As I’ve already mentioned, the last decade was dominated by superhero movies, many of which were very enjoyable with their blend of action, comedy and huge special effects sequences. Towards the end of the decade though, that formula was starting to get a bit tiresome and the idea of more mature offerings from the comic book genre was very appealing. 2016’s Deadpool was marketed as the first R-rated superhero movie from a major studio, but when you took away the gratuitous violence and language it was still a pretty straightforward comic book story. The same cannot be said for Hugh Jackman’s final outing as Marvel’s iconic X-Man.
Set in the near future when mutants are almost extinct, the aging Logan is losing his ability to heal and lives a low-profile life looking after the dementia-suffering Professor Xavier, but that all changes when he is asked to accompany a young mutant girl on a dangerous journey. To call Logan simply a superhero film would do it a massive disservice. This stylish, touching and violent road movie features incredible farewell performances from Jackman and Patrick Stewart in a fitting end to the Wolverine story that is exactly what many had been hoping for from this genre. Since then we’ve seen the likes of Joker move into even darker territory and a welcome era of serious stories inspired by comic book characters is now upon us.
1. BlackKKlansman (2018)
One of the most disappointing things about movies this past decade has been the lack of originality. There have been some very enjoyable exceptions of course, but the majority of modern movies are remakes, reboots, sequels or rehashes of older classics. As a result I’ve found myself drawn to movies and TV shows based on true stories over the last few years. As the saying goes, truth is stranger than fiction and there can be few stories stranger than the one told in Spike Lee’s BlackKKlansman, the amazing tale of Ron Stallworth, the only black man ever to join the Ku Klux Klan. Not all of the story is true – this is the movies after all – but having also read the book it was based upon, it’s amazing just how many of the outlandish scenes in the film really did take place.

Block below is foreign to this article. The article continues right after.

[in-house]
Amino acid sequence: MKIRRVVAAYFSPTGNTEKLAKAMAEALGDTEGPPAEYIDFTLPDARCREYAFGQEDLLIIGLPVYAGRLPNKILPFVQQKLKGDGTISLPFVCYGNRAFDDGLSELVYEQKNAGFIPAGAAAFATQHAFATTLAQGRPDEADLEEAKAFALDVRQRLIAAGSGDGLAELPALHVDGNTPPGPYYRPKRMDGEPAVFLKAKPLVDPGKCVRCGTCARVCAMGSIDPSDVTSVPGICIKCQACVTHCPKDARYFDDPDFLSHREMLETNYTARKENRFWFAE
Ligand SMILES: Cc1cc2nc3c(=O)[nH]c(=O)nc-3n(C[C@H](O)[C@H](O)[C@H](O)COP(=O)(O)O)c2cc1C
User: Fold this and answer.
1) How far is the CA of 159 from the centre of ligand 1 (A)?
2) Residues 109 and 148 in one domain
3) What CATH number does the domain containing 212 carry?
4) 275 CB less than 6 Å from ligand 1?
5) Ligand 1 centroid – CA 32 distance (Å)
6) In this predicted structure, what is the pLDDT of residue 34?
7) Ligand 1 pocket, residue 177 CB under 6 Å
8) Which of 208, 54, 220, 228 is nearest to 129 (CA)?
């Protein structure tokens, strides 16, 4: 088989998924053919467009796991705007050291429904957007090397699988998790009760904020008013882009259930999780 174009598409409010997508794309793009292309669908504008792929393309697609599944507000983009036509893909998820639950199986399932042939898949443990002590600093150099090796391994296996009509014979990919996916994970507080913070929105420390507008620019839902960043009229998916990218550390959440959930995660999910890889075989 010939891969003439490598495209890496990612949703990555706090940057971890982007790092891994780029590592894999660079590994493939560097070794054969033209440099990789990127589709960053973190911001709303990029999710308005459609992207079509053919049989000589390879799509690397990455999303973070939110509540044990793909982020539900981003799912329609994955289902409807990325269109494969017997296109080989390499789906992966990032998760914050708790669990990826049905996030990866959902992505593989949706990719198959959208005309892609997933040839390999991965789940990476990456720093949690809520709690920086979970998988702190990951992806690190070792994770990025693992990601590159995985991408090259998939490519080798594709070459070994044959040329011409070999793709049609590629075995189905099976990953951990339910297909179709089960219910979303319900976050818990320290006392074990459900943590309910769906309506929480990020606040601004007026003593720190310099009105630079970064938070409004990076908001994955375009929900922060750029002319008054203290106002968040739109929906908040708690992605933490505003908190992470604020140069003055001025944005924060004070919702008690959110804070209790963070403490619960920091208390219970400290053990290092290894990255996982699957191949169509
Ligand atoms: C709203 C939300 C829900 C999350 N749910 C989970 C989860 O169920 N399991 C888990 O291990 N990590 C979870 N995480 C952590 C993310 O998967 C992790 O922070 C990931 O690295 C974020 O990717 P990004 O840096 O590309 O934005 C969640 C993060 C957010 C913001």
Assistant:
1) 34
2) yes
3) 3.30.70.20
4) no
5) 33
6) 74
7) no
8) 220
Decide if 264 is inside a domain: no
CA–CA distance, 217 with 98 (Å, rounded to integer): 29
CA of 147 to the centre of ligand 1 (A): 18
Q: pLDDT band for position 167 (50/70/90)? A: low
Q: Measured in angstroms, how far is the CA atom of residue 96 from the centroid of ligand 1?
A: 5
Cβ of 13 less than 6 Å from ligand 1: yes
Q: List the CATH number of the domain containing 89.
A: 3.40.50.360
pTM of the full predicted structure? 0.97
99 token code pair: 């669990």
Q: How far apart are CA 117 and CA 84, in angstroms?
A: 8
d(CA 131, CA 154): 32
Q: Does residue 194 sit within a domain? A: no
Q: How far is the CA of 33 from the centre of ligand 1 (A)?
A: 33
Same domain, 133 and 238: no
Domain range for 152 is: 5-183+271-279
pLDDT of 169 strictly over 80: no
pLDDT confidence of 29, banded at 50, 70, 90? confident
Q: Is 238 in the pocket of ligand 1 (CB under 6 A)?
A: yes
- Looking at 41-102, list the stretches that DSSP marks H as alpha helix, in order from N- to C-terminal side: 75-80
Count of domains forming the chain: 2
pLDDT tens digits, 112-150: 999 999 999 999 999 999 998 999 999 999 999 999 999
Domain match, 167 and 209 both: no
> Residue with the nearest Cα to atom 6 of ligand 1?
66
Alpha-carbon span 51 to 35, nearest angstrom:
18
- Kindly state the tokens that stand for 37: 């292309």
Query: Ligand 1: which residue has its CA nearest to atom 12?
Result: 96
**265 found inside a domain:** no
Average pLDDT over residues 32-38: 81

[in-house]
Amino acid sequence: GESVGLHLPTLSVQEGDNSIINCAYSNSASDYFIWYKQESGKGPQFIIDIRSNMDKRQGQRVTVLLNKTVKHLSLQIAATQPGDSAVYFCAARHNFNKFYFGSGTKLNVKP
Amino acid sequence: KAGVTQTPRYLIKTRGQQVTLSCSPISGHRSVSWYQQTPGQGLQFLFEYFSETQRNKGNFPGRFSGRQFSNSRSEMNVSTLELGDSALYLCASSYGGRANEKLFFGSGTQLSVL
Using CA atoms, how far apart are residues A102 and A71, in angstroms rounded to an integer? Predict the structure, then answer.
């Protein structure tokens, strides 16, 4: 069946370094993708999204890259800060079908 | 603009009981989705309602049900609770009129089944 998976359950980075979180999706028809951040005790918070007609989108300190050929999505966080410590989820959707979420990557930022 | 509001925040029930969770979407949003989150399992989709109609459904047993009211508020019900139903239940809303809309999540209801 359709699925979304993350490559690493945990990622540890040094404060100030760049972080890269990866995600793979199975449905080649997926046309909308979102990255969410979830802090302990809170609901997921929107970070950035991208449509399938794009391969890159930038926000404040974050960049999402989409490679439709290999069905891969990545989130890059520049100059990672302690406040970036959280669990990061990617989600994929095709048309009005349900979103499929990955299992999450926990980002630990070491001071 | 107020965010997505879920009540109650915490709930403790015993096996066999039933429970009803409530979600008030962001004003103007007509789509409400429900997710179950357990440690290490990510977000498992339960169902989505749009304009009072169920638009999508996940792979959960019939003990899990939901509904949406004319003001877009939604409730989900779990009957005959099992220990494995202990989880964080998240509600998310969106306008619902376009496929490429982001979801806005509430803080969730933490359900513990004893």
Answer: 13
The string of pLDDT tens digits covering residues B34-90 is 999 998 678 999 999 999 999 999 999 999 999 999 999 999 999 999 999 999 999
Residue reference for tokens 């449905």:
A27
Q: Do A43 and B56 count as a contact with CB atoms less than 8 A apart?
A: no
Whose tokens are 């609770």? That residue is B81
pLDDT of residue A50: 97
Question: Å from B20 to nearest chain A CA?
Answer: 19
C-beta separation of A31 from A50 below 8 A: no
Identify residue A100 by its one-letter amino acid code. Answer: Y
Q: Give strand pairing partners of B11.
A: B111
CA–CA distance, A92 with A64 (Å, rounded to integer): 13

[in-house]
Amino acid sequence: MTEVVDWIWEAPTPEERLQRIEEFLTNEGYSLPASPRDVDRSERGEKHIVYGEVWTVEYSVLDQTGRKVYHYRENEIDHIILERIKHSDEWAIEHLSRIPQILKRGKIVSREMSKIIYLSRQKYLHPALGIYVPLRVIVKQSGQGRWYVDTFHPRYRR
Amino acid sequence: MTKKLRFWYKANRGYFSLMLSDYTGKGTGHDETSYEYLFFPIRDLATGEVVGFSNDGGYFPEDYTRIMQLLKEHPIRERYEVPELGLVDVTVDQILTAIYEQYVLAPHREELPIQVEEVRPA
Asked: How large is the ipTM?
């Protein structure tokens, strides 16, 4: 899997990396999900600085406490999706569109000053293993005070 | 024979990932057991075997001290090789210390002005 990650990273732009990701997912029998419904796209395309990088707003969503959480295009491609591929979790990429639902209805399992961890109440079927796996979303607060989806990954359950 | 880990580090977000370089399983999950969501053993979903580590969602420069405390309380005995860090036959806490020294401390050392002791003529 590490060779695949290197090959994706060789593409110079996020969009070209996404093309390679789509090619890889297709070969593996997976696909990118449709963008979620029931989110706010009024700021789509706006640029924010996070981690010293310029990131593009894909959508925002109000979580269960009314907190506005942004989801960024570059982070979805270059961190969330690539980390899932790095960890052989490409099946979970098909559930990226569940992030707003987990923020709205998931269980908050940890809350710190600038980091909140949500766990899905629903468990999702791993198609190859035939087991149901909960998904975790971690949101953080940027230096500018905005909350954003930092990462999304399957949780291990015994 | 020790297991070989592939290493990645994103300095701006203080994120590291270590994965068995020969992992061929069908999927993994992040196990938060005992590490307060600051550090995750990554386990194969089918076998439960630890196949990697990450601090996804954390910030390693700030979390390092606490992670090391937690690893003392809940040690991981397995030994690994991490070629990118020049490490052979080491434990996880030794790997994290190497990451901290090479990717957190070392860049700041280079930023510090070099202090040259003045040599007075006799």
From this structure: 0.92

This is a movie with a serious message, but it is delivered with a humorous edge to go along with the thrills and tension as undercover cop Stallworth attempts to infiltrate the KKK with the assistance of a white colleague, played brilliantly by Adam Driver. It would be a great film based just on the story alone, but Spike Lee has bigger issues to address, and the film’s conclusion drives his point home like a sledgehammer. Stallworth’s amazing story ends with one of the funniest scenes of the decade, which had me crying with laughter in the cinema, but those tears soon turn to ones of rage as we see the final scene of the film segue into the harrowing real-life footage of the white supremacist rally in Charlottesville, Virginia from 2017. Lee’s message is clear – hatred and intolerance are just as prevalent now as they were in the 70s and America is a broken nation whose leader is as guilty of inciting hatred as any Klan member. It’s a shocking but absolutely necessary message that everyone should heed if they have any desire to make our slowly-disintegrating world a better place. This is a film the whole world should see and that’s why it is my movie of the decade.